“The world had changed too much, too fast; the systems that were in control now did not obey any human master; they followed their own imperative, inscrutable as demons.” Gun Island by Amitav Ghosh
There are very few authors who compel me in quite the same way as Amitav Ghosh. I have strongly held, yet entirely ambivalent feelings towards his books. When I look at them, I am immediately drawn back into what was so enticing about them, and sharply reminded of the pain of their many disappointments. He was a difficult author to get used to in part because it takes a while to realize that the three elements of his identity as a writer (novelist, historian, and all-out nerd) require your equal attention. He is meticulous in detail, even when he falls down on storytelling, and can be captivating in his storytelling even when he nerds out for several pages about the detailed protocol of nineteenth century dinner parties.
I started reading Ghosh when I randomly picked up In an Antique Land (1992). At the time, I did not understand Ghosh the historian and didn’t fully appreciate what he was doing in this blended ethnography and novel. Later, I read the first book in the Ibis Trilogy, Sea of Poppies (2008). I was entertained by it well enough; it seemed to me a good piece of historical fiction. I also read it at a time when I was exploring my own historical connections to indentured Indian labour and so a book all about the destruction of peasant land in Indian and the push towards the indenture system were more than compelling enough reasons to read. It was only much later that I finally bought and read the second book in the series, River of Smoke (2011). This time, the book floored me staying in my head for weeks and earning a coveted spot on my ‘to re-read’ list.
Taking place in the 1820s and 30s, the Ibis trilogy tells the story of opium production in India and its (il)legal trade in China (through Canton) and the steps that led traders from England to foment a war to keep routes and profits open. What most struck me about River of Smoke was the detail and care with which every character’s story, whether they knew it or not, was connected in a wave of rising tensions that would eventually lead to the Opium Wars. It is a book about the nightmares of capitalism and empire that could spend pages on the minute triumphs and hubris of English botonists, or detailing the intricate practices of painting and printing in nineteenth century Canton (Guangzhou), and have it all mean something in this story of how our world was made. Despite my graduate degree in International Relations, I had never understood the Opium Trade and its significance to the making of our contemporary global order the way I did on finishing River of Smoke.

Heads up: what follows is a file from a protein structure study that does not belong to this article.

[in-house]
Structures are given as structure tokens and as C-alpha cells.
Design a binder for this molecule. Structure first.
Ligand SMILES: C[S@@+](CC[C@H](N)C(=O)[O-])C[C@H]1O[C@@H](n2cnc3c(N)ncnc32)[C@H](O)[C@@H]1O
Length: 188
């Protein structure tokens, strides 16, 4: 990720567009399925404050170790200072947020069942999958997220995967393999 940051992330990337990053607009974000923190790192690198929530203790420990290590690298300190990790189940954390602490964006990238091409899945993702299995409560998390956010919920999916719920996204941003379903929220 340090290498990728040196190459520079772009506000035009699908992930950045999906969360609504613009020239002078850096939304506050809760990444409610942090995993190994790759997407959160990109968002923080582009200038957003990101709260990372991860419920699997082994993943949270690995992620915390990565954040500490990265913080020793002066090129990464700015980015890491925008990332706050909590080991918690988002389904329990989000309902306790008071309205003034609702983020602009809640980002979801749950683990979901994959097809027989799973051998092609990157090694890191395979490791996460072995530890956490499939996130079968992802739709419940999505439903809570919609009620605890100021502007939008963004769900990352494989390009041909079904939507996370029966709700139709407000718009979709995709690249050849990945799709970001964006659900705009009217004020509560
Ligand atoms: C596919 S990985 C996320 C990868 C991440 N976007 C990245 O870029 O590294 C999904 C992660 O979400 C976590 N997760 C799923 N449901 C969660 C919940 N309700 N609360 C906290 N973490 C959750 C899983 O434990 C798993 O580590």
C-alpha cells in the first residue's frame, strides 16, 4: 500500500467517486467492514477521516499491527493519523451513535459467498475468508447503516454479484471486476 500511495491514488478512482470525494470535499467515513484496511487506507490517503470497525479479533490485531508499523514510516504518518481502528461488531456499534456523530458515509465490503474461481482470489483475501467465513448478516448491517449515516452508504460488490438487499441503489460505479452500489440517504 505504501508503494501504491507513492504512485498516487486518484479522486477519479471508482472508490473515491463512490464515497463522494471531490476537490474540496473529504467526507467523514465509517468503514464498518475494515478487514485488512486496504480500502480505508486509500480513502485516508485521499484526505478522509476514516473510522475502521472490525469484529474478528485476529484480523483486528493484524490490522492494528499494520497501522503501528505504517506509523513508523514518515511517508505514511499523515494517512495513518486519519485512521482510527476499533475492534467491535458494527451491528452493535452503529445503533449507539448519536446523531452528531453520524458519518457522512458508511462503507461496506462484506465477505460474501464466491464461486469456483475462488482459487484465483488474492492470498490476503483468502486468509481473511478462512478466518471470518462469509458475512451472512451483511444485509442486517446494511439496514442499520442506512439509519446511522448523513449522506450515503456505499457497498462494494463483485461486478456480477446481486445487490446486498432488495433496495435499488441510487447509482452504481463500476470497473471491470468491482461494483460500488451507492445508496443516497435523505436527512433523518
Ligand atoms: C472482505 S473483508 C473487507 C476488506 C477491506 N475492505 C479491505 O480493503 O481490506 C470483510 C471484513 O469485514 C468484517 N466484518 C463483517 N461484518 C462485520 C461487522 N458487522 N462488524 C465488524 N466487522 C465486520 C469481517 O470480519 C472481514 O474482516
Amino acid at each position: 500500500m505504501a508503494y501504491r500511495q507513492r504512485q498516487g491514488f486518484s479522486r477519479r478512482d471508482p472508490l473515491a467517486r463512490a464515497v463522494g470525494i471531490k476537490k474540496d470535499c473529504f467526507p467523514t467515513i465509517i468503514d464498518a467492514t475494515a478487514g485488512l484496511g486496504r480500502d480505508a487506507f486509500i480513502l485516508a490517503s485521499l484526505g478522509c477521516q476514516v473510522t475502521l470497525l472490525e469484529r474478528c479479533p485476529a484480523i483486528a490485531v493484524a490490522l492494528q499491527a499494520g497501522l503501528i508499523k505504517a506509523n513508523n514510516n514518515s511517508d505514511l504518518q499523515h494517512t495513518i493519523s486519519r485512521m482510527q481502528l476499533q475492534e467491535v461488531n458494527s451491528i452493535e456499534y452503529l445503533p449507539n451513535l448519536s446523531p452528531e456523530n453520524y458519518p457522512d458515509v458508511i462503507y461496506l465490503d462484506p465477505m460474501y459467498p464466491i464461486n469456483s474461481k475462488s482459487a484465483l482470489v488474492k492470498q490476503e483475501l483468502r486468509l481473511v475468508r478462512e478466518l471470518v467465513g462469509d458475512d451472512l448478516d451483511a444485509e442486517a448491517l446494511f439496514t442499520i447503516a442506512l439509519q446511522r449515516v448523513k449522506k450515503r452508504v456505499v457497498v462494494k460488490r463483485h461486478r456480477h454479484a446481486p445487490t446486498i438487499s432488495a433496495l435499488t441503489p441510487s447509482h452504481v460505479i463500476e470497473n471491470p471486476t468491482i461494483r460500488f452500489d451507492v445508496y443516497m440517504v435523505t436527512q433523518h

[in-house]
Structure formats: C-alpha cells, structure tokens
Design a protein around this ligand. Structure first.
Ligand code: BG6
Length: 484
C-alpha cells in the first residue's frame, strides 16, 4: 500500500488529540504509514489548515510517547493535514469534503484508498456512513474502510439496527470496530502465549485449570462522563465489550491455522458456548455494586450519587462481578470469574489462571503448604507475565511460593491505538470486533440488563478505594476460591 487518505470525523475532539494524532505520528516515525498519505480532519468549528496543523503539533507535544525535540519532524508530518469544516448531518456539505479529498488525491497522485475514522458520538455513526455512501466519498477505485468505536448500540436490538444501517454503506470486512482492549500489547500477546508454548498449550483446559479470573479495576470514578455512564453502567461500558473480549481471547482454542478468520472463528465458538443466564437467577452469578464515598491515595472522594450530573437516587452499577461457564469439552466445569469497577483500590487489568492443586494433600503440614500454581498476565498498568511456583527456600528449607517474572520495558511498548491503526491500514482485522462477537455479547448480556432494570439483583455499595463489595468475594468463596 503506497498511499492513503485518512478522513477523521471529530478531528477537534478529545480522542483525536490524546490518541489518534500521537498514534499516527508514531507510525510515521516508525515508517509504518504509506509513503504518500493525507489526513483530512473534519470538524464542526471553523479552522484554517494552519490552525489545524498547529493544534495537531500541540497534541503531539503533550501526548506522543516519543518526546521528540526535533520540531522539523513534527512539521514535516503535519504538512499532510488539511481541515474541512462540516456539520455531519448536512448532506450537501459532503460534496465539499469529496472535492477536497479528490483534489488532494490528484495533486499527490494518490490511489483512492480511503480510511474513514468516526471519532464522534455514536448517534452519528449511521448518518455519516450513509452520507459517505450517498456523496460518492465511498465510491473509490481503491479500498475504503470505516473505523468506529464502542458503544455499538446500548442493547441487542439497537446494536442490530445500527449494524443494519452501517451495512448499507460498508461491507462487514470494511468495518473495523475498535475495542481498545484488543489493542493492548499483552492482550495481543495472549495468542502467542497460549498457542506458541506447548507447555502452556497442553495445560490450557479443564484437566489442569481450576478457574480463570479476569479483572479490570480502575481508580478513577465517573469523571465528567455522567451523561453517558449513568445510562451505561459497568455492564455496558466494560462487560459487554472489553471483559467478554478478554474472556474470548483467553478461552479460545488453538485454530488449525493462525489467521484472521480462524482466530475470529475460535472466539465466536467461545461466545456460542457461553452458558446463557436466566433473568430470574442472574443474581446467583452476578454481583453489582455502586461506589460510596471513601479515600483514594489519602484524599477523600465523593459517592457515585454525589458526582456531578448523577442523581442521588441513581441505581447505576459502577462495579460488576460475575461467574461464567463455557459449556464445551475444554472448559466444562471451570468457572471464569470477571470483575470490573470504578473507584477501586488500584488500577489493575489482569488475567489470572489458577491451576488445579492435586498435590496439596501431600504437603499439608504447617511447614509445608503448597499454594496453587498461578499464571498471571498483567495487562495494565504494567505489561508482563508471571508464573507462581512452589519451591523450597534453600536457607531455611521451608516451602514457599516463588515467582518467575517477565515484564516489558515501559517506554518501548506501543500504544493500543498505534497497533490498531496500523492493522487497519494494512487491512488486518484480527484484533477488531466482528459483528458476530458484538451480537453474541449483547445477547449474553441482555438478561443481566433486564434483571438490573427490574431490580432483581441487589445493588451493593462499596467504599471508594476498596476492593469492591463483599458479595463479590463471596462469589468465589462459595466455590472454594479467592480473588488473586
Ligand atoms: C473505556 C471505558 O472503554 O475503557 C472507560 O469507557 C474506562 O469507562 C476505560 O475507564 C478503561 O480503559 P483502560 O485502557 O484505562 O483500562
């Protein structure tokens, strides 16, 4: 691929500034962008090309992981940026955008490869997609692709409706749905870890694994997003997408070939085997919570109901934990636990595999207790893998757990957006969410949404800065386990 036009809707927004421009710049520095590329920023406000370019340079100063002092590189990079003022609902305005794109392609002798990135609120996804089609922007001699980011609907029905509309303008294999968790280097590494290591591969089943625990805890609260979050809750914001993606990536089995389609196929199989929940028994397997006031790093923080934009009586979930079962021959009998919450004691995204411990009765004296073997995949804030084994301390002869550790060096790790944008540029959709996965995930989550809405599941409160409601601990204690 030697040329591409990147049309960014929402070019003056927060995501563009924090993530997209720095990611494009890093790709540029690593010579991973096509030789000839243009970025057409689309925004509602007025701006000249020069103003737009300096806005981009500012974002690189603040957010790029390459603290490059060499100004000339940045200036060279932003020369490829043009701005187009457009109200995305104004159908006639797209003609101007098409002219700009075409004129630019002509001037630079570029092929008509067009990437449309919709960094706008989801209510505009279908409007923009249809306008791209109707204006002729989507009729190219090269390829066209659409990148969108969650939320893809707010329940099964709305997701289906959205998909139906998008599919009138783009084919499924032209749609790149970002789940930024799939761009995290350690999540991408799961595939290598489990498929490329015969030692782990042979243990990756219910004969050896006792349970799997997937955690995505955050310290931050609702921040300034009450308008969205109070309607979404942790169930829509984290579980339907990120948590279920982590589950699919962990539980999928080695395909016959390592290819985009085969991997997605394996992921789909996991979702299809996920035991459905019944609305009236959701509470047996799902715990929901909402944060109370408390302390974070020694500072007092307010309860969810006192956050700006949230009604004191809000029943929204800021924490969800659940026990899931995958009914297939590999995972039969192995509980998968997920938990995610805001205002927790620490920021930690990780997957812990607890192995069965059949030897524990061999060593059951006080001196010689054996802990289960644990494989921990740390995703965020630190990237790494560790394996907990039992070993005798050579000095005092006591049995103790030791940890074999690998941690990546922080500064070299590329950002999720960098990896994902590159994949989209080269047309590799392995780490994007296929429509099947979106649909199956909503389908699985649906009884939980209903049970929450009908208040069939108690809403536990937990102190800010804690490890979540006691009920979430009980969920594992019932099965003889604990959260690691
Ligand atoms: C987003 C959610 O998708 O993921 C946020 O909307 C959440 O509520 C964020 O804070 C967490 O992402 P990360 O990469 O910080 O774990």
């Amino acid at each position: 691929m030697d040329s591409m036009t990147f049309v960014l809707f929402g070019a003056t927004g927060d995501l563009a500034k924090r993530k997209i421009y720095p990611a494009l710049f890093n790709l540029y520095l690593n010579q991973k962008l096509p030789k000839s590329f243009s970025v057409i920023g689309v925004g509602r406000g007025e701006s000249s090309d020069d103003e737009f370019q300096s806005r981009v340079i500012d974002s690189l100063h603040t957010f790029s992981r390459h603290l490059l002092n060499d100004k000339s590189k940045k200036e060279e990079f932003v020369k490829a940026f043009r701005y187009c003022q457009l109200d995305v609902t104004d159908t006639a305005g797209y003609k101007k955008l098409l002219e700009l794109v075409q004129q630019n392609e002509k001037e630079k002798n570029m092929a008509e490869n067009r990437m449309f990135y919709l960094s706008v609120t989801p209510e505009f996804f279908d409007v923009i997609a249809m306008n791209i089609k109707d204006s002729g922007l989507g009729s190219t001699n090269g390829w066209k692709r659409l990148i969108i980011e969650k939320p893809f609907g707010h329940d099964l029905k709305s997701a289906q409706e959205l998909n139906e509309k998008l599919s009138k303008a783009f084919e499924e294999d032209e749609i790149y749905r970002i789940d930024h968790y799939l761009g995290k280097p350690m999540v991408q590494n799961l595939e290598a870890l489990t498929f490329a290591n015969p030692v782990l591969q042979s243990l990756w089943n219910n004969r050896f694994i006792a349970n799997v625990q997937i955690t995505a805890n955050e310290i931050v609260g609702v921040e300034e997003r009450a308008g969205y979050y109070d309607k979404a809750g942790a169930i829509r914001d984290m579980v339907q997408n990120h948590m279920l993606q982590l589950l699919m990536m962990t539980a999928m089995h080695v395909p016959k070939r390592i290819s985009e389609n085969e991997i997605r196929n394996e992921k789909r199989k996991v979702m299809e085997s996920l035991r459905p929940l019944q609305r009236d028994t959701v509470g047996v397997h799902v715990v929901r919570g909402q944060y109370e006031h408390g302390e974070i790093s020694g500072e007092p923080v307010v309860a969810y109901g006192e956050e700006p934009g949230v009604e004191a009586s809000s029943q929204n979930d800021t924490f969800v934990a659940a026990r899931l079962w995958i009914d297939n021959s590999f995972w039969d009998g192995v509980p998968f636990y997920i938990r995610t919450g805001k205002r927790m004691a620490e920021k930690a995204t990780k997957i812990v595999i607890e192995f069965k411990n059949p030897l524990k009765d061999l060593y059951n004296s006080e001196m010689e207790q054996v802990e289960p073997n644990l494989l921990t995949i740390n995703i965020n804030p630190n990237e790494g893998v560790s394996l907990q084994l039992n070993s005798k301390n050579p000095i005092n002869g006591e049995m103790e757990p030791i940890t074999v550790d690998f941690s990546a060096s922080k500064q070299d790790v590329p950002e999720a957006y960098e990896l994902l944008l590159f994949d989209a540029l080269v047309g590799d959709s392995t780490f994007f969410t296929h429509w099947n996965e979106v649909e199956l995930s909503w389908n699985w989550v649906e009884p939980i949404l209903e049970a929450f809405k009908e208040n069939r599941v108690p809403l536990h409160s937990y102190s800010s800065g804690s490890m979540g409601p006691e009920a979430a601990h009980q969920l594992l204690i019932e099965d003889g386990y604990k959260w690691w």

I did eventually also read Flood of Fire (2015), the final Ibis book, but my disappointment in some of the narrative and character choices by the end meant it didn’t land quite the same way. Regardless, I firmly believe there is something unique and important about Ghosh’s work. He is a gifted writer of both fiction and non-fiction because he seems to genuinely care what his stories do, what larger conversations they are embedded within, and how they can propel us to ask questions otherwise.
Ghosh’s approach to historical fiction participates in one of the most important possibilities within the genre: revealing and reporting from places made marginal. Doing this well requires asking who should tell this story, not only in order to find the most engaging vantage point, but to be engaged in the political work of selecting vantage points that matter. None of the point of view characters in the Ibis trilogy are the English men whose actions are central to the political tensions; instead you get a view into Indian Ocean trade through the eyes of Indian farmers in Bengal, a Parsi trader from Bombay (Mumbai), a mixed-race man from America trying to pass as white, a Chinese orphan, an Indian official who has been exiled, Indian soldiers sent to garrison on Hong Kong island, and a French orphan and her queer childhood friend. It’s a book that insists their histories matter to understanding how land, dispossession, ‘free trade’, racism, and war created the modern dynamics of Chinese, Indian, and Western history.